A recent study from Plymouth University Peninsula Schools of Medicine and Dentistry published in the British Dental Journal claims that chewing sugar free gum can actually save their country millions in dental bills in the long run.

…And it’s Not Chump Change

Tooth decay is commonly accepted to be reversible if it is caught in its early stages, yet there are still millions of people that need to get fillings every year. This study found that if all 12-year-olds across the UK were to chew one additional piece of sugar free gum per day then the country could save £2.8 million ($3.9 million). If two pieces of sugar free gum were to be chewed per day by all 12-year-olds, this increases to a potential £3.3 million ($4.6 million) and to £8.2 million ($11.5 million) for three pieces. Sugar free gum does a lot to protect your teeth from tooth decay, especially after a meal. Not only does it help breakdown leftover food, but it also helps removing bacteria and plaque build up in your mouth. This is partly through stimulating your mouth to produce saliva. But gum also surrounds and traps bacteria, which is why you should never share a piece of gum with someone. In addition, many sugar-free gums are sweetened with xylene, a sugar alcohol that has antibacterial properties.  There are several different types of sugar free gum that is recommended by the American Dental Association, and it is recognized by most dentists as being an effective tool in protecting your teeth.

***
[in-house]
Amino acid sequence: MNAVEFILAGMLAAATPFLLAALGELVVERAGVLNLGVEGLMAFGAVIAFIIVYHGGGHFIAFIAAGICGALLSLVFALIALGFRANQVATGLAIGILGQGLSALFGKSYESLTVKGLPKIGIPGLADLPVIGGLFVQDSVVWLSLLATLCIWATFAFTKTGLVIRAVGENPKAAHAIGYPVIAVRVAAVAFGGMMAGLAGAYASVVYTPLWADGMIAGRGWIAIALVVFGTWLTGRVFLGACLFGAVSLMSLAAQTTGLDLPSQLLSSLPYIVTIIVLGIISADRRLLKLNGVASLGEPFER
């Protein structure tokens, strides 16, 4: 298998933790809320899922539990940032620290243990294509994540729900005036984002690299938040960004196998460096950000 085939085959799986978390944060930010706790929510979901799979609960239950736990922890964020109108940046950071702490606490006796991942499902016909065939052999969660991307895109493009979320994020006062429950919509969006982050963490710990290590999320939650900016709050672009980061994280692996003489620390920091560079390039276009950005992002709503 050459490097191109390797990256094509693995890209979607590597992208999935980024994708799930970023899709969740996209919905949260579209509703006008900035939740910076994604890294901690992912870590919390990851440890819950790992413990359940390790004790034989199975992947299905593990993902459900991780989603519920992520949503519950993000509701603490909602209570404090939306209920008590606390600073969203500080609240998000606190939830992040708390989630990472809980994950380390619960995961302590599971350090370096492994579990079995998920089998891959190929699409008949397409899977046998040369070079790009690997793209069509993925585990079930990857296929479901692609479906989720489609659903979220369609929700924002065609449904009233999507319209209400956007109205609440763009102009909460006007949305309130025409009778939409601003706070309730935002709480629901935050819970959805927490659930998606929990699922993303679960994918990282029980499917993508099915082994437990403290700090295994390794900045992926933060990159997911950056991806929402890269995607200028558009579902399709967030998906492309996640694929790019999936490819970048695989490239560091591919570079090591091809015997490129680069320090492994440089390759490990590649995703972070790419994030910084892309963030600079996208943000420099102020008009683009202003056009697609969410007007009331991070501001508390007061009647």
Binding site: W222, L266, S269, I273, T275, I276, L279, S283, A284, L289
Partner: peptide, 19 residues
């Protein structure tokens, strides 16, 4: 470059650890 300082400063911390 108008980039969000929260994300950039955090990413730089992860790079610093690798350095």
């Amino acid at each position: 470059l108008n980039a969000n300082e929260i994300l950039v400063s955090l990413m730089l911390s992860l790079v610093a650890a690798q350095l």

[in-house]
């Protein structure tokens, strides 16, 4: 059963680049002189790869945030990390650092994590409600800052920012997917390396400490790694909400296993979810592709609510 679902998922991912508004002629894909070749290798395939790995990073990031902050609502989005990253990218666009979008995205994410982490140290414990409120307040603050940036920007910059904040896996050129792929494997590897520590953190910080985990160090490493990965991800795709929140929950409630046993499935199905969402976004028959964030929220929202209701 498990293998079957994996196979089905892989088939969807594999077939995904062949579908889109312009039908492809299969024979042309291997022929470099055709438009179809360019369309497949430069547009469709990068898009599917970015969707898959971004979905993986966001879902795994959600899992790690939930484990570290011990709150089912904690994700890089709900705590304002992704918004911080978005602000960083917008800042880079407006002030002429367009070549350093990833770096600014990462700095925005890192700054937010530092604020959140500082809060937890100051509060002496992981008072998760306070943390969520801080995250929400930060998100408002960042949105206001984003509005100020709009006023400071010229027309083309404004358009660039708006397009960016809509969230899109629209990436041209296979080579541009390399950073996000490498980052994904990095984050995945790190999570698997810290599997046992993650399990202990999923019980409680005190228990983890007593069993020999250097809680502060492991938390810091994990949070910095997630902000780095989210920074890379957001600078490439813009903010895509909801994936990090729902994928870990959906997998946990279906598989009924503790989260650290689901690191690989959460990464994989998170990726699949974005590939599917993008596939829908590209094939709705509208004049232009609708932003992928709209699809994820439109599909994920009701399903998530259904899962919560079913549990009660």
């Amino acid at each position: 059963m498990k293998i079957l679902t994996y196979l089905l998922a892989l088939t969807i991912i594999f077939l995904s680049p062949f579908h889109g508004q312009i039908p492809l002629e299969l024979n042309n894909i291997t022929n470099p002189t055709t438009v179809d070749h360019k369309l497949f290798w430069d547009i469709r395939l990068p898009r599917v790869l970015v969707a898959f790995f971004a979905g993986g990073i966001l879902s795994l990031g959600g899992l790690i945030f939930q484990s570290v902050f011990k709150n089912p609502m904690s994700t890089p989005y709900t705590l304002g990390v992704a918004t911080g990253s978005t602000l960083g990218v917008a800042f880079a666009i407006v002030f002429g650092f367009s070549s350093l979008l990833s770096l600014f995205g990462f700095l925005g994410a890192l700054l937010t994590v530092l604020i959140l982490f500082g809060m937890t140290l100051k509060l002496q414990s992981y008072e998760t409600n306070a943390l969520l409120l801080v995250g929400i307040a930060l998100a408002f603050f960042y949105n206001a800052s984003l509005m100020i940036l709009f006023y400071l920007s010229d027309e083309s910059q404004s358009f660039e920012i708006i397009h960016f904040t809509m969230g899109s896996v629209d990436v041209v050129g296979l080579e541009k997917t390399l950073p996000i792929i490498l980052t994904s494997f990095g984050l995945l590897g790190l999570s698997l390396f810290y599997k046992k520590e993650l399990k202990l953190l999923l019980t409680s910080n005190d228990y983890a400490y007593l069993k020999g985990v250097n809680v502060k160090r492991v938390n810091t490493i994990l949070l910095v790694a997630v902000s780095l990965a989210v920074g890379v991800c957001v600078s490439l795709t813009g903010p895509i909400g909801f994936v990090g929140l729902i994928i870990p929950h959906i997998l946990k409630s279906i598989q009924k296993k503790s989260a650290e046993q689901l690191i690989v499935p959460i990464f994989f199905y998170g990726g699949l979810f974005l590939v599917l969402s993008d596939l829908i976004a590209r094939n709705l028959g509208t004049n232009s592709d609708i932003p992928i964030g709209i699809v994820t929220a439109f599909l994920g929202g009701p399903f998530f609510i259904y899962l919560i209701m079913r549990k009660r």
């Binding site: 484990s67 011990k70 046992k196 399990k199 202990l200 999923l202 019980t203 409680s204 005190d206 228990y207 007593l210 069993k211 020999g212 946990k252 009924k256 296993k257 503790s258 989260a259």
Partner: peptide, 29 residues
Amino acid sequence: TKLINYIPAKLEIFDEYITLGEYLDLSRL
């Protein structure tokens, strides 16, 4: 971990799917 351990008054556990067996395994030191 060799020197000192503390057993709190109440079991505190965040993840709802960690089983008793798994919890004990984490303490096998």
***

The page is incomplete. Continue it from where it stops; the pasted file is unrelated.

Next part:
Take Decay Seriously

Tooth decay is not only embarrassing, but can lead to infected teeth that are potentially deadly if not treated with a root canal. Chewing gum may also protect against gum disease, which can have even more serious health consequences. It is always better to try to preserve your natural teeth so you don’t need other options. If you live in the Blue Bell area and are concerned about the state of your teeth, please visit Dr. Siegel at Dental Excellence of Blue Bell. He can help address any concerns you may have, and show you ways to avoid tooth decay. If you would like to schedule an appointment, please give us a call at (610) 272-0828.